This week marks the 75th anniversary of the Bretton Woods agreement, formulated among 44 allied nations in a New Hampshire hotel. To me, the most remarkable thing about the agreement is not that it collapsed but that it ever existed in the first place — and what that says about such arrangements more generally. By which I mean: every era’s monetary institutions are virtually unimaginable until they are created. Looking forward, don’t assume the status quo will hold forever — rather prepare to be shocked.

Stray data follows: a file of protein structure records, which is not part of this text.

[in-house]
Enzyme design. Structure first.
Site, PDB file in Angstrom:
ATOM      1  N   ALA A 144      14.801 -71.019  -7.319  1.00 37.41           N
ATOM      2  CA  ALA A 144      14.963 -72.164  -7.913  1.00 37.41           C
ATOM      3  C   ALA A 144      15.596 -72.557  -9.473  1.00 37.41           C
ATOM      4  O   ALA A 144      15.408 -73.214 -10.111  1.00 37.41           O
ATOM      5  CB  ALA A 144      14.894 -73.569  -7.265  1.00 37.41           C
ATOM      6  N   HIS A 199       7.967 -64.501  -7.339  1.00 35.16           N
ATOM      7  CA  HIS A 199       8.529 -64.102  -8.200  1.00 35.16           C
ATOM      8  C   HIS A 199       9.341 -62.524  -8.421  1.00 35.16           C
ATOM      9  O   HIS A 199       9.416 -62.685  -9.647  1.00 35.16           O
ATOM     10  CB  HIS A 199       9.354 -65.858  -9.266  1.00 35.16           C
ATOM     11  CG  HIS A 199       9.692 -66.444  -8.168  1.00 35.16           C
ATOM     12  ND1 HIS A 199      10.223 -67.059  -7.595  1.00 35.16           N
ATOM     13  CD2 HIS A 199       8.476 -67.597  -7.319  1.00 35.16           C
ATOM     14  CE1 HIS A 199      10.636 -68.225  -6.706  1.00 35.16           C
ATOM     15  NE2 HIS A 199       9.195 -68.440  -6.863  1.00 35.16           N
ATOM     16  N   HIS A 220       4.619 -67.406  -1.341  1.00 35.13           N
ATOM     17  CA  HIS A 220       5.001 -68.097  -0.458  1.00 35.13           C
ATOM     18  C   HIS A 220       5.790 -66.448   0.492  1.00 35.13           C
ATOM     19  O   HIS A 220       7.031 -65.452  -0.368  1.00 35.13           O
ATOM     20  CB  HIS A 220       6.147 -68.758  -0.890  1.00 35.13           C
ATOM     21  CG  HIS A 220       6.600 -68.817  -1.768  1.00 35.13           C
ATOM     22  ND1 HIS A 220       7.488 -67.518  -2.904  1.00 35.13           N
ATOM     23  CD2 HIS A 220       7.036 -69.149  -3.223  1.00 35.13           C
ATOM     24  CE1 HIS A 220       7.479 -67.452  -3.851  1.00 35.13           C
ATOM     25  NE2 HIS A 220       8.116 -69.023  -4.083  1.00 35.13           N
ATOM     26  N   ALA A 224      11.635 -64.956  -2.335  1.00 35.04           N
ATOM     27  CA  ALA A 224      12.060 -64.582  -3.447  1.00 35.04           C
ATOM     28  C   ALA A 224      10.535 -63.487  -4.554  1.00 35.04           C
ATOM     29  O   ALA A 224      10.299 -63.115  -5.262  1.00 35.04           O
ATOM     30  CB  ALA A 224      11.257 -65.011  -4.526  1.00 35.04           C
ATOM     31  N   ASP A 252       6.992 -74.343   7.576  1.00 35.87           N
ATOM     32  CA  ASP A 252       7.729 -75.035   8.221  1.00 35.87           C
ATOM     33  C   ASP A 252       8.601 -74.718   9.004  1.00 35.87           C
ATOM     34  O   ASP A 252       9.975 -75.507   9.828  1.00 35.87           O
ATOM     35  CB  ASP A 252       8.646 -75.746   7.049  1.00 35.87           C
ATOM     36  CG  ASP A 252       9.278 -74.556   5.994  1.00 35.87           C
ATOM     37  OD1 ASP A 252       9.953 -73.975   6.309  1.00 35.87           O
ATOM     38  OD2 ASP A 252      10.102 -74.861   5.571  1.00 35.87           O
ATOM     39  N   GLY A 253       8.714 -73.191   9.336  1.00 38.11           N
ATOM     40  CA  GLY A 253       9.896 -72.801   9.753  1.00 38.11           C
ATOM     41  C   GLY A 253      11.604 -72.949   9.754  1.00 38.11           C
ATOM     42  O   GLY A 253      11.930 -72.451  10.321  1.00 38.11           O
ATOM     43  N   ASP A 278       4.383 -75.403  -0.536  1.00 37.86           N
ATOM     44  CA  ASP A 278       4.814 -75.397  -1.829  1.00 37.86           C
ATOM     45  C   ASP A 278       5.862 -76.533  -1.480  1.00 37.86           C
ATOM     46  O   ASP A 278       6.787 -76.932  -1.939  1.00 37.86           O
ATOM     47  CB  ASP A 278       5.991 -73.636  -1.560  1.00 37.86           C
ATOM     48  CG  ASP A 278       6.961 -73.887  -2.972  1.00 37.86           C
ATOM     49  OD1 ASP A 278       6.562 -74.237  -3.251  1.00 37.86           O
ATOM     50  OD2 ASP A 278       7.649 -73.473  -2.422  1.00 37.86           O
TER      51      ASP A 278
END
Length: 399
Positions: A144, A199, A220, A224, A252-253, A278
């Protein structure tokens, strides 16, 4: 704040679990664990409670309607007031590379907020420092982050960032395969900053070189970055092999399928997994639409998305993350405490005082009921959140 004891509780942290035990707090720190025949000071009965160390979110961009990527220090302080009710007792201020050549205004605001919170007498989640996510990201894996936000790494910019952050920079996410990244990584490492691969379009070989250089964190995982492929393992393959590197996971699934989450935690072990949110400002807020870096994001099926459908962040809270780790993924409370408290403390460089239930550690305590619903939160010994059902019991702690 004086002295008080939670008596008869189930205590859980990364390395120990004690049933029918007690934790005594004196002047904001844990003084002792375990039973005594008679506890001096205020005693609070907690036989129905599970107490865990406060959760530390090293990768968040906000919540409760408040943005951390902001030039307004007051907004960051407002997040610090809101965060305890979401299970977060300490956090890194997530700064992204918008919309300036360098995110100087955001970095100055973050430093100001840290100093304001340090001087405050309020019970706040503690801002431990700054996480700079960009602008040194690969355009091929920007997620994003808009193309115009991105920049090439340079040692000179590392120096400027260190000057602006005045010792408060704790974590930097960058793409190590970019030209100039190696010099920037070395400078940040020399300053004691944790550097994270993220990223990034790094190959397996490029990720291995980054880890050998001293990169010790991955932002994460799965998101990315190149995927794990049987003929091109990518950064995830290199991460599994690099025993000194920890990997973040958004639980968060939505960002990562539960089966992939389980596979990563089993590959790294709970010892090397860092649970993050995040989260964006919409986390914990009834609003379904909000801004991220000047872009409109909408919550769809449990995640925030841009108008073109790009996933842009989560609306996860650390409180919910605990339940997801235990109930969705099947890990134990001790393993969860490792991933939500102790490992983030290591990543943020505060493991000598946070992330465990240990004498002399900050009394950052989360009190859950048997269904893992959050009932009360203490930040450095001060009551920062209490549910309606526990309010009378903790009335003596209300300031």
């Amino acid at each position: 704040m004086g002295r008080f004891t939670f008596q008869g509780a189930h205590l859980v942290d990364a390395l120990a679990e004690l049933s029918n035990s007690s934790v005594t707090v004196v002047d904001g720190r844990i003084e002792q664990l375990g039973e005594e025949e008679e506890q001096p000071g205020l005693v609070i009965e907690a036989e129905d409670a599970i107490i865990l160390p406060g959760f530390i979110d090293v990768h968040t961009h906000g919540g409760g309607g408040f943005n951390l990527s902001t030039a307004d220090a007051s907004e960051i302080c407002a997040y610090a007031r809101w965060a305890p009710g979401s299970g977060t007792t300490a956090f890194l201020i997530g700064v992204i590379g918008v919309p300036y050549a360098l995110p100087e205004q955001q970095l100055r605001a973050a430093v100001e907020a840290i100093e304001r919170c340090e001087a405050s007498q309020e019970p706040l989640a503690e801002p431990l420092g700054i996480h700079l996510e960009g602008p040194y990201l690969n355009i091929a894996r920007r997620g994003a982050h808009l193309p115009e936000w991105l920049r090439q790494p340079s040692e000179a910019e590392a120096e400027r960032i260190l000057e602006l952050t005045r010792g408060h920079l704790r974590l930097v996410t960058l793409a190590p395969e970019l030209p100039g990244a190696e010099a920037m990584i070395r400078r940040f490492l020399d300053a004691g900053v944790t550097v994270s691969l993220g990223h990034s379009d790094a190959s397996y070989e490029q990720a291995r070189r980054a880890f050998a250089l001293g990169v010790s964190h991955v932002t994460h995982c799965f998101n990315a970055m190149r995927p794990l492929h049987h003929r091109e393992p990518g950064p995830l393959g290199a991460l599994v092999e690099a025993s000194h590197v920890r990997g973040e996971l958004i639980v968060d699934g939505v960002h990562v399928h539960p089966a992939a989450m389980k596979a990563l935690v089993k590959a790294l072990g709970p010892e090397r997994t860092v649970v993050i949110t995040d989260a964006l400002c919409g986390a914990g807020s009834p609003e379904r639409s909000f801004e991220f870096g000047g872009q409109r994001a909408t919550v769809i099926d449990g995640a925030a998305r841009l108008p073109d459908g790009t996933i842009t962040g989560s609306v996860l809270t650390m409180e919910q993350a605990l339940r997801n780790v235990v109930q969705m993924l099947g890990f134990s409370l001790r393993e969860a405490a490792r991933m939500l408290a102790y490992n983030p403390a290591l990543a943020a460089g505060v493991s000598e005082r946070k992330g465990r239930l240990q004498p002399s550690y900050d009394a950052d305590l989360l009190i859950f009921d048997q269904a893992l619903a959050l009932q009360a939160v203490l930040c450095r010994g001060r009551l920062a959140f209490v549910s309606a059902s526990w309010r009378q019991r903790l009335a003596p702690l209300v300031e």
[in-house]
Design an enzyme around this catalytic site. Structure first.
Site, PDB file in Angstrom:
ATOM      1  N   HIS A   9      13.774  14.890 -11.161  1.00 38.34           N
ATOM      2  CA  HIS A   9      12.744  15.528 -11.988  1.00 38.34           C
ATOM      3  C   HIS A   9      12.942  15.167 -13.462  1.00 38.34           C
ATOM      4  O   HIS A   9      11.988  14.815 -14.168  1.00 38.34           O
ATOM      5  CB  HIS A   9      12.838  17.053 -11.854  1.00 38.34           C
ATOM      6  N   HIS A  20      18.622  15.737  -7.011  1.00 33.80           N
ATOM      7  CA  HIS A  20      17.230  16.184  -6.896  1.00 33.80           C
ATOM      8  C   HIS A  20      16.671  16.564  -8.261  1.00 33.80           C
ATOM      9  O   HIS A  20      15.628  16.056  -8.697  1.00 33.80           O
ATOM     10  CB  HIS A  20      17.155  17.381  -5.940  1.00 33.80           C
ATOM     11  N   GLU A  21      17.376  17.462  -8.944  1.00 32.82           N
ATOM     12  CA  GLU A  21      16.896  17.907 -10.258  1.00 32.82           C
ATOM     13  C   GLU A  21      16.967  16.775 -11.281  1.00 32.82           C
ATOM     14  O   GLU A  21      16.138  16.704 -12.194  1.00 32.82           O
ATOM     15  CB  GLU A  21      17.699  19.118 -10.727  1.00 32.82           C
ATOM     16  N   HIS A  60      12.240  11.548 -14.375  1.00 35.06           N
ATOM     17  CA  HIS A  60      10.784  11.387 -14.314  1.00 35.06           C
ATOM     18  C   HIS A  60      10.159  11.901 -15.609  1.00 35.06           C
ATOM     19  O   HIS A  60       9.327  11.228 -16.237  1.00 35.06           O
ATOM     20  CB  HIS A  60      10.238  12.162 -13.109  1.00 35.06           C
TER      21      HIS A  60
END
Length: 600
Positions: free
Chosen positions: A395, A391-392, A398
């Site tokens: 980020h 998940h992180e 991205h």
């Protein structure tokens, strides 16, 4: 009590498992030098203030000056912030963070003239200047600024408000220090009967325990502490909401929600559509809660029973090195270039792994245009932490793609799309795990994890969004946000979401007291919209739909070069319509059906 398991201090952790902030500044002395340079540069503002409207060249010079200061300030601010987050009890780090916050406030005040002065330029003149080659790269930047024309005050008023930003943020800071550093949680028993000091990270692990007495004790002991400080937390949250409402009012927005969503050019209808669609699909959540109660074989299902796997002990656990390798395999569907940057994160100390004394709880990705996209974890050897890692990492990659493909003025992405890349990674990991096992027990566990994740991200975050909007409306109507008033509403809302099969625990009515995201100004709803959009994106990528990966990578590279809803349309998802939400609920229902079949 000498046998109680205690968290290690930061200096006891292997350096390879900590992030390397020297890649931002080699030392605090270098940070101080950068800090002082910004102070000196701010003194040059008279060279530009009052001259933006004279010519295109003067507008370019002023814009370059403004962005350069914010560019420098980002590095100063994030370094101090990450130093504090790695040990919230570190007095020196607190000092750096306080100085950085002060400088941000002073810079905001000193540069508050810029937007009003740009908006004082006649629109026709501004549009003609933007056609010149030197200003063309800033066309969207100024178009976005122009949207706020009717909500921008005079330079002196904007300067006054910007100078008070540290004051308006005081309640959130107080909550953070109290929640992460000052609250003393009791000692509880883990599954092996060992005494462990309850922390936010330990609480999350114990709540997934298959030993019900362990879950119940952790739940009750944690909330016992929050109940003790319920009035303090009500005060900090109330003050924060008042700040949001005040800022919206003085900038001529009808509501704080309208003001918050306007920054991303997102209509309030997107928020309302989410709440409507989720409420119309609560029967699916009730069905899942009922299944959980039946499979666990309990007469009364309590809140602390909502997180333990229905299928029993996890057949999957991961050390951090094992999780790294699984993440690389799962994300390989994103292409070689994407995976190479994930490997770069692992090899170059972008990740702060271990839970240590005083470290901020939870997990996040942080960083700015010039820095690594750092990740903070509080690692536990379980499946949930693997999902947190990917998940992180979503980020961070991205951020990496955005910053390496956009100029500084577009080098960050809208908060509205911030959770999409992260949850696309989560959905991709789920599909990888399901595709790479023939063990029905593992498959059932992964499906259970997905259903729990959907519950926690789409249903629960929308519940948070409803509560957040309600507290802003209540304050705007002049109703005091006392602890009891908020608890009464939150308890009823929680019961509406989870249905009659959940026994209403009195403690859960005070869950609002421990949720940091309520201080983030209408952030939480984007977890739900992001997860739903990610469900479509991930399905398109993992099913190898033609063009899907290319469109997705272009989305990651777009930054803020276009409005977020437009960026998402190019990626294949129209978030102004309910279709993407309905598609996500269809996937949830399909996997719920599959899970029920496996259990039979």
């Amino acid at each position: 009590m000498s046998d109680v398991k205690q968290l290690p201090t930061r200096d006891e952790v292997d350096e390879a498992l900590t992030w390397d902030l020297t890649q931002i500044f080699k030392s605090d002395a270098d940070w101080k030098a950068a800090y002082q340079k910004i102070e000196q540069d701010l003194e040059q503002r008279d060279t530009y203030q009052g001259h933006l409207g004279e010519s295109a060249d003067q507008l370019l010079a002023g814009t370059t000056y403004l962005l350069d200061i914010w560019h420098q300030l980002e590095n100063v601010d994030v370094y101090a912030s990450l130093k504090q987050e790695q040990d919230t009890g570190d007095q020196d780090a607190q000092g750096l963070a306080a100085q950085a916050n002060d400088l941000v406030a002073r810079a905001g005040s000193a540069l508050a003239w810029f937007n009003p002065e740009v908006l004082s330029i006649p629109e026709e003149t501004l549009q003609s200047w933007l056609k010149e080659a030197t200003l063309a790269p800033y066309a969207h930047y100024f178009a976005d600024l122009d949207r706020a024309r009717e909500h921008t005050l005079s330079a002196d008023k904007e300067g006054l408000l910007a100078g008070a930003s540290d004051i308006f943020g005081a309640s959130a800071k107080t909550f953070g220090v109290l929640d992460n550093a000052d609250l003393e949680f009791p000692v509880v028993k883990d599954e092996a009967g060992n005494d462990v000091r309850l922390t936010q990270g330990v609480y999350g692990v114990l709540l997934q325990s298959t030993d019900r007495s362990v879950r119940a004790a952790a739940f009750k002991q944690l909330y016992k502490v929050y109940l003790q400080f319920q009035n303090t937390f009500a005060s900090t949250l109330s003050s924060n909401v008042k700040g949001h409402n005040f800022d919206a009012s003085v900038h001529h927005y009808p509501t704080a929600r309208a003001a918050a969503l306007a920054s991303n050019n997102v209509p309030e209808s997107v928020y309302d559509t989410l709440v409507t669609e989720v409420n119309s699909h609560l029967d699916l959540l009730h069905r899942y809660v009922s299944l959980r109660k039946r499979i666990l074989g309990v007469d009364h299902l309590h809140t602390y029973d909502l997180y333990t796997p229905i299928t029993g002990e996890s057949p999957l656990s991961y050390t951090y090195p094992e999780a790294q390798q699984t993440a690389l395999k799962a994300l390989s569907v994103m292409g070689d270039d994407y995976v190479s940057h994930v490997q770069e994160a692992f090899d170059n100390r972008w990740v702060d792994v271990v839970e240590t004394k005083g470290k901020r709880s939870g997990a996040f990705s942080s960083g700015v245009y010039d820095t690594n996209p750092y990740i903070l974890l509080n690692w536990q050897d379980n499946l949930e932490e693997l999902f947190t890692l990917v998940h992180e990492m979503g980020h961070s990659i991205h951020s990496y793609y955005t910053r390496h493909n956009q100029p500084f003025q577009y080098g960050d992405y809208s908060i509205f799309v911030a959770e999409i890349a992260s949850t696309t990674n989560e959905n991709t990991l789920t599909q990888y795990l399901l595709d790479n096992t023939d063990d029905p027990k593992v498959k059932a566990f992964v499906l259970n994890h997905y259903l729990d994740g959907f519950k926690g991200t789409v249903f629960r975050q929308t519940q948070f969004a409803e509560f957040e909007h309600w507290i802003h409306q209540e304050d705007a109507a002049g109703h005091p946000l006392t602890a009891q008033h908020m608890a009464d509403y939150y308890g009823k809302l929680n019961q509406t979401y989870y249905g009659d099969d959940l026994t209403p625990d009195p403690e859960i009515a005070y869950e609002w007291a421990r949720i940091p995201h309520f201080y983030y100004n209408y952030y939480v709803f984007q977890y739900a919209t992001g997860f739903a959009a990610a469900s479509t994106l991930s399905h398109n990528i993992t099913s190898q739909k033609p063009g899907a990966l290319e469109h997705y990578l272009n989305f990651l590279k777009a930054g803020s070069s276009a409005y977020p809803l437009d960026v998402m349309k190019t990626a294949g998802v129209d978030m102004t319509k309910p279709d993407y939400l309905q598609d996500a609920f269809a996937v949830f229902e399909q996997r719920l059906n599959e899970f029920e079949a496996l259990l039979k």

Consider the broader history of monetary and financial institutions. The gold standard (and sometimes bi-metallic) regime that marked the Western world from 1815-1914 was without precedent. In medieval times, gold, silver, copper and bills of exchange — from multiple issuers — all circulated as means of payment, and often there was no single dominant form of money. As the gold standard evolved, however, claims to gold became a global means of settling claims and easing foreign...

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